Tagline: A masterpiece. ‘Nuff said.
First, let us look at the design philosophy of the Heavy Gear line of products. Like any other roleplaying game on the market the first product you are expected to buy is the rulebook. Currently in its second edition as I write this, the rulebook contains a regrettably brief coverage of the world of Terra Nova, the setting of the game. ‘Regrettably’, I say, because the very best thing about the game (despite the fact that the Silhouette engine on which it is based is one of the best on the market today) is the rich and inspiring world in which it is set. This isn’t much of a shortcoming, however, because the main rulebook contains not only a complete roleplaying game but a complete tactical game as well (which is beautifully based on the same basic system and principles). The rulebook is a masterpiece of system design in its own right.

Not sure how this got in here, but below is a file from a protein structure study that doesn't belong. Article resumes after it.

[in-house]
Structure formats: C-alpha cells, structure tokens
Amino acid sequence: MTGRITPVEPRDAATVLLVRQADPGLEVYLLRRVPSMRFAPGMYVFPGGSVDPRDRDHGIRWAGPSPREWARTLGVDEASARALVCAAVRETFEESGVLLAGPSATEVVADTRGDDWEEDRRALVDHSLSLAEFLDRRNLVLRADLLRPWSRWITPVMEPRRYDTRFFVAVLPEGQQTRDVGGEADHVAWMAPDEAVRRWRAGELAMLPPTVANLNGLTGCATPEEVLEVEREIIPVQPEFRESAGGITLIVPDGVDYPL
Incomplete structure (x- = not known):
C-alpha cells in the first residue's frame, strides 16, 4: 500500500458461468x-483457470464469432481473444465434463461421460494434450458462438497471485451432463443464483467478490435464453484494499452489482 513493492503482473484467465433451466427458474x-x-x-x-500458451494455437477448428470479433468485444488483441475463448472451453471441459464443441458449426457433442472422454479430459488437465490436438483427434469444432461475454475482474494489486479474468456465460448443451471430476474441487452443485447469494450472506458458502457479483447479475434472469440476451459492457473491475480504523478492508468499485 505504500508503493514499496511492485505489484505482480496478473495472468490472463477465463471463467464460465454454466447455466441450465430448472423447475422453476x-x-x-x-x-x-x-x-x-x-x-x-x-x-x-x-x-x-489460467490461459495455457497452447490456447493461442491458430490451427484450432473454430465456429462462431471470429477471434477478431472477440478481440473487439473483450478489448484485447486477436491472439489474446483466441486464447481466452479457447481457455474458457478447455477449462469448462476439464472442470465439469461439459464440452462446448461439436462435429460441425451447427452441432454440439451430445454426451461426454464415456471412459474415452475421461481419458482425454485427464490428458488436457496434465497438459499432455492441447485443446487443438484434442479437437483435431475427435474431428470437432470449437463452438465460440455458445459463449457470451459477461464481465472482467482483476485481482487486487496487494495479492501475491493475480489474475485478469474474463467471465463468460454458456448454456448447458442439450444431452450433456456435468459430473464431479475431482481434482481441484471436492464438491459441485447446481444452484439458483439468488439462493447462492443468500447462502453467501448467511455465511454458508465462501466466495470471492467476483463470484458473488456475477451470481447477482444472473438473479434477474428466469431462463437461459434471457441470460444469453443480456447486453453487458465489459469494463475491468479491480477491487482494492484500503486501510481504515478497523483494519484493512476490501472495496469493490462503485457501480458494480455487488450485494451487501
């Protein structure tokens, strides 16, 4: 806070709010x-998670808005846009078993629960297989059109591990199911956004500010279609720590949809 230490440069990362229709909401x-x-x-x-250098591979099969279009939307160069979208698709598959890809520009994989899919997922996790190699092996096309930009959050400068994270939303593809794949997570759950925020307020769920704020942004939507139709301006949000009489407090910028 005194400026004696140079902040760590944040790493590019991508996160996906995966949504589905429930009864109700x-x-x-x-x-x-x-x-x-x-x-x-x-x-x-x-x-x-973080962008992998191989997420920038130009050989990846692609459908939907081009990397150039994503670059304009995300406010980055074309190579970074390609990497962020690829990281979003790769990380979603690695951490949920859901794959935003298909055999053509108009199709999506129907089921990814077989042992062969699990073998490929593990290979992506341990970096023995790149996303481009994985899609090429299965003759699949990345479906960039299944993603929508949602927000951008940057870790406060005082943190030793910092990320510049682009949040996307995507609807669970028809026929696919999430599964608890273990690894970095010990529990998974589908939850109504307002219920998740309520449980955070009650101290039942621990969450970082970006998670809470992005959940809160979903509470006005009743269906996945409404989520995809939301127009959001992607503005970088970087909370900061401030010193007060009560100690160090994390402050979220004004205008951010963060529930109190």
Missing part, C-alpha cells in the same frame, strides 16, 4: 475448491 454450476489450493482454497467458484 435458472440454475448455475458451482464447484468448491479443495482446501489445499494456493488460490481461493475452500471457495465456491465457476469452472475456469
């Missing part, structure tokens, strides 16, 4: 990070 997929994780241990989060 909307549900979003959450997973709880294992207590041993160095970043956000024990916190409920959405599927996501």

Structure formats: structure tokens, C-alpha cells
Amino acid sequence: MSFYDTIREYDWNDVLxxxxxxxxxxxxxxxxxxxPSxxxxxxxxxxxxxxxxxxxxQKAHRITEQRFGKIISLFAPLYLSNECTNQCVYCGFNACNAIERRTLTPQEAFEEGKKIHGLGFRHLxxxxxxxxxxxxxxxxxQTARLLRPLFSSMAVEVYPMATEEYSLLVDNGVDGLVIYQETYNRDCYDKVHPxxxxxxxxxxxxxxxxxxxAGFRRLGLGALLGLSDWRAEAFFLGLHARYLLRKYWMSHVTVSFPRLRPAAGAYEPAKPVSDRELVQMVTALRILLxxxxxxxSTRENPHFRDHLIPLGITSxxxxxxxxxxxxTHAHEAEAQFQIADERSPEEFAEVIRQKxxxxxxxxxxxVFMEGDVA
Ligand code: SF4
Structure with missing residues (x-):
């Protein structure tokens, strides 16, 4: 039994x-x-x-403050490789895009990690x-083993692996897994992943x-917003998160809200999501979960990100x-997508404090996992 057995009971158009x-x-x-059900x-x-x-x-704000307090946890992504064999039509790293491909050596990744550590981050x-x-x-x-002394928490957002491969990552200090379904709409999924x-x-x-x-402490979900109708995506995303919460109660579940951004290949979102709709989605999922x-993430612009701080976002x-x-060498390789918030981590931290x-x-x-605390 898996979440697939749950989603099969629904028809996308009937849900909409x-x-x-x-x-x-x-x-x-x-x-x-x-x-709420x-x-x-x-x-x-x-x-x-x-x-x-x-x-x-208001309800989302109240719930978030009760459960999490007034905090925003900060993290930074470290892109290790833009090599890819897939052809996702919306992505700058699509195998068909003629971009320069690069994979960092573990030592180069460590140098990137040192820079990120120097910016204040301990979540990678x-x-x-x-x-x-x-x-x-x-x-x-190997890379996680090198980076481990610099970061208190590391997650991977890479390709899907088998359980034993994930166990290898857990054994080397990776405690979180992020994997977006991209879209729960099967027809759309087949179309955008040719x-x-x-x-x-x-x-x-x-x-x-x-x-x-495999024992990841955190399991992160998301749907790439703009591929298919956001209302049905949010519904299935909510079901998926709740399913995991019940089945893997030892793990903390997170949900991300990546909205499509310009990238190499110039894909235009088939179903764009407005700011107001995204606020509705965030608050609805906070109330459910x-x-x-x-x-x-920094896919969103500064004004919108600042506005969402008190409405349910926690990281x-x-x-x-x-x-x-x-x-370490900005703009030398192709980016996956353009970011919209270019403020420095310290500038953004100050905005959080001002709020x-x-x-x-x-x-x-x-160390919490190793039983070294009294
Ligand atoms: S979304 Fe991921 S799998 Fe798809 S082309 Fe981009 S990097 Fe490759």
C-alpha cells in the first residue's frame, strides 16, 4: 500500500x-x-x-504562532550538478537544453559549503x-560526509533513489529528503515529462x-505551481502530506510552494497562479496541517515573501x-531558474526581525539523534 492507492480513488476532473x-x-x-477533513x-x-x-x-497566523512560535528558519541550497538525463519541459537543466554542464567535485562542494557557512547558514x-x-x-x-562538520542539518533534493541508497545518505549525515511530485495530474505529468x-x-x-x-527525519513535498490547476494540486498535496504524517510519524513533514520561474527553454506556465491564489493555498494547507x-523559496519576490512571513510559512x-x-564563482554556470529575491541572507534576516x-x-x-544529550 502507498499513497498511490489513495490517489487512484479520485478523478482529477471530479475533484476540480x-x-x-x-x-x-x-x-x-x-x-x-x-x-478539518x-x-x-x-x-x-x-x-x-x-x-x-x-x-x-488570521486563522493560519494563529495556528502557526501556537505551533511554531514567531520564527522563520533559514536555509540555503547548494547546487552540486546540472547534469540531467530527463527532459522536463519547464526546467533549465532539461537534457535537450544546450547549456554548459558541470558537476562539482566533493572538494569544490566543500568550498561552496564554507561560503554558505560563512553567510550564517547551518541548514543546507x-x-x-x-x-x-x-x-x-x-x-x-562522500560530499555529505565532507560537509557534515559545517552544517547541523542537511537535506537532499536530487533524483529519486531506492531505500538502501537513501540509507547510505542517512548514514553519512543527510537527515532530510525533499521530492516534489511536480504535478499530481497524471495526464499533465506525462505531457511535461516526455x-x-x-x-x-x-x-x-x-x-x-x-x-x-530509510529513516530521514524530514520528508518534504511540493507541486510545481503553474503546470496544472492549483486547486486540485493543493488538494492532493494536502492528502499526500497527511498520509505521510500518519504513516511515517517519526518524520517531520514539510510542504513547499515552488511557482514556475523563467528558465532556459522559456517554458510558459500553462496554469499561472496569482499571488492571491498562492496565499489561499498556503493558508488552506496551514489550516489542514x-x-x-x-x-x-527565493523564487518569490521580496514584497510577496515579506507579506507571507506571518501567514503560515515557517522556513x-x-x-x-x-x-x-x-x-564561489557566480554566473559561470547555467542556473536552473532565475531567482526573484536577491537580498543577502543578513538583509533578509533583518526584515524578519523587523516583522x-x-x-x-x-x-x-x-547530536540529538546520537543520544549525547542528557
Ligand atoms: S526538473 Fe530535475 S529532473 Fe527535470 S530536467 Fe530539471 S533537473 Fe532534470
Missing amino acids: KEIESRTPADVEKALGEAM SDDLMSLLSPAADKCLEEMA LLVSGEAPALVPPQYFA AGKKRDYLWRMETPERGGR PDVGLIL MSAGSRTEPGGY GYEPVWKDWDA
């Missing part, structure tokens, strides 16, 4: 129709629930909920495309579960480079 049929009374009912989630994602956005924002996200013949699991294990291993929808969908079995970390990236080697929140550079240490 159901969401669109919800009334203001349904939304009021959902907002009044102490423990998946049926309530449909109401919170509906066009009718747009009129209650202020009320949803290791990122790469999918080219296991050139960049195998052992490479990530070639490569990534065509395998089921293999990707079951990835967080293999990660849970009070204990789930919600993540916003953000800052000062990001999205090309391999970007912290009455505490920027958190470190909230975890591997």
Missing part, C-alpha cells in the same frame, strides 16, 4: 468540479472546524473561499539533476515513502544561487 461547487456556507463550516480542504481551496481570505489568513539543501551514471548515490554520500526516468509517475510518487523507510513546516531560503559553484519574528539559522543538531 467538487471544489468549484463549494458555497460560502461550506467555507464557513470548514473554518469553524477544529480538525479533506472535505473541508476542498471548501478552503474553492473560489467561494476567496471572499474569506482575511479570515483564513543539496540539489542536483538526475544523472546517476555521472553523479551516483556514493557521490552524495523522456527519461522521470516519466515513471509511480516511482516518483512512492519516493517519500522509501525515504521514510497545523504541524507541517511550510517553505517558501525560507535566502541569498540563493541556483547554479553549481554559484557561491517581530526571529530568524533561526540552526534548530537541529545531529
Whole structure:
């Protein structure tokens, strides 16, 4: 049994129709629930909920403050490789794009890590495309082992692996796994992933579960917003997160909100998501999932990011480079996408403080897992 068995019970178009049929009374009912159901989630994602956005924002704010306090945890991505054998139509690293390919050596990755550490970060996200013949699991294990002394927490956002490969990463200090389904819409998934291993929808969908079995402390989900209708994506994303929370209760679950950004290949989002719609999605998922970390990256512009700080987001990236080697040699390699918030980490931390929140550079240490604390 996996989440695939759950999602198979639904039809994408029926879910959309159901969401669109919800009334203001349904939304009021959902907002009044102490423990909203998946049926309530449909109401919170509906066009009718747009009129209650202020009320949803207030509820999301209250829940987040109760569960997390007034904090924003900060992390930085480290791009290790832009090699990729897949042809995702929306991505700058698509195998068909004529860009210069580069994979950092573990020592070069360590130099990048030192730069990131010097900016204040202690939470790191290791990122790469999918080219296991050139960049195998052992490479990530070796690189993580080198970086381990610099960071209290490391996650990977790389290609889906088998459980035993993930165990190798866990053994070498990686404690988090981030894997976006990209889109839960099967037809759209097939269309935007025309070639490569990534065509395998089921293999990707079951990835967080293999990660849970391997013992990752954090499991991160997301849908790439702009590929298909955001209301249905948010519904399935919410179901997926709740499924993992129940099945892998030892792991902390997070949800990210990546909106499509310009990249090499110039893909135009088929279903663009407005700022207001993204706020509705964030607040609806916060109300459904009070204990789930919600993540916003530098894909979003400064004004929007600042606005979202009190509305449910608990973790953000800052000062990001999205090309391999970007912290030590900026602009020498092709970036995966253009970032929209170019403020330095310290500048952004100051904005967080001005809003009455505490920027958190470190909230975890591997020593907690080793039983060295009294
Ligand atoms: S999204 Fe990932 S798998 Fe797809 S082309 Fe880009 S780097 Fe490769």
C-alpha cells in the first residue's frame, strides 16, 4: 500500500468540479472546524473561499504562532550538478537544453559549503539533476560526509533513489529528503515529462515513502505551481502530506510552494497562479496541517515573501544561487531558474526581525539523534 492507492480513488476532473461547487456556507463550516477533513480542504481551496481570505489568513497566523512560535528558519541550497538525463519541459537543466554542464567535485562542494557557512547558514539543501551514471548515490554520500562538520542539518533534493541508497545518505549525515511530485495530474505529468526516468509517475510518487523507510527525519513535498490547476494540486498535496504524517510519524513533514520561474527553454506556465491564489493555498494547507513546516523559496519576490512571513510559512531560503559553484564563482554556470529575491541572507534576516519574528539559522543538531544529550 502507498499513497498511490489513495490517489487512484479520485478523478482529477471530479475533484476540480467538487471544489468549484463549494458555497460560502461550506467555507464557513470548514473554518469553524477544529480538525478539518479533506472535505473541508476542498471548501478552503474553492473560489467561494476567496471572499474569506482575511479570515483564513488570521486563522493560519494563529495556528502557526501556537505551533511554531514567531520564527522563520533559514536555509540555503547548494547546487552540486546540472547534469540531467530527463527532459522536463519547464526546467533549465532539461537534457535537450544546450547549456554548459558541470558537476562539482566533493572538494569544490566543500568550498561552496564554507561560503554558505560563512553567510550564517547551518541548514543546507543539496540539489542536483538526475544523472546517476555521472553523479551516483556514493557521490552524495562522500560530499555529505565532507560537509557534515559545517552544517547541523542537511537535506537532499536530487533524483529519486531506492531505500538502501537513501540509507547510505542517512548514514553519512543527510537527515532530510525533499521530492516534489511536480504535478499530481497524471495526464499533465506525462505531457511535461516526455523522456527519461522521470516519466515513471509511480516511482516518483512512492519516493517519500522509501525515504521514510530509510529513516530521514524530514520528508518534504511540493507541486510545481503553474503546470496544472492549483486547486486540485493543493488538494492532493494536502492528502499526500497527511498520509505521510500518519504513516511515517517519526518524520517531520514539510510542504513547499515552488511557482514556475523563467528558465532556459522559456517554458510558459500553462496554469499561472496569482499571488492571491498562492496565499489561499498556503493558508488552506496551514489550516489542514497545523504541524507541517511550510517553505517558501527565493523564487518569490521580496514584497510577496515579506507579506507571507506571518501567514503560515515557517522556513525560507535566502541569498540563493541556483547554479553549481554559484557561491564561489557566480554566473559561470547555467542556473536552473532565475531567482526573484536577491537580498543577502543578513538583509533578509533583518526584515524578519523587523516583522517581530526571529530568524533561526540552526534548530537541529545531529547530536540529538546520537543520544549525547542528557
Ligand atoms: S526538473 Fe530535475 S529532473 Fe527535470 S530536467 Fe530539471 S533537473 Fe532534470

After purchasing the rulebook your next step should be to pick up Life on Terra Nova (also in its second edition as I write this). Life on Terra Nova is the key to a magnificent, layered, believable, living world. It is without equal in terms of its originality, depth, and potential. Don’t be fooled into thinking that because the game is called Heavy Gear that the primary focus of the game is necessarily on the gears – the primary focus is on the characters and the world. The gears (as DP9 likes to point out) are merely the coolest selling point available. Like the rulebook, Life on Terra Nova is a masterpiece.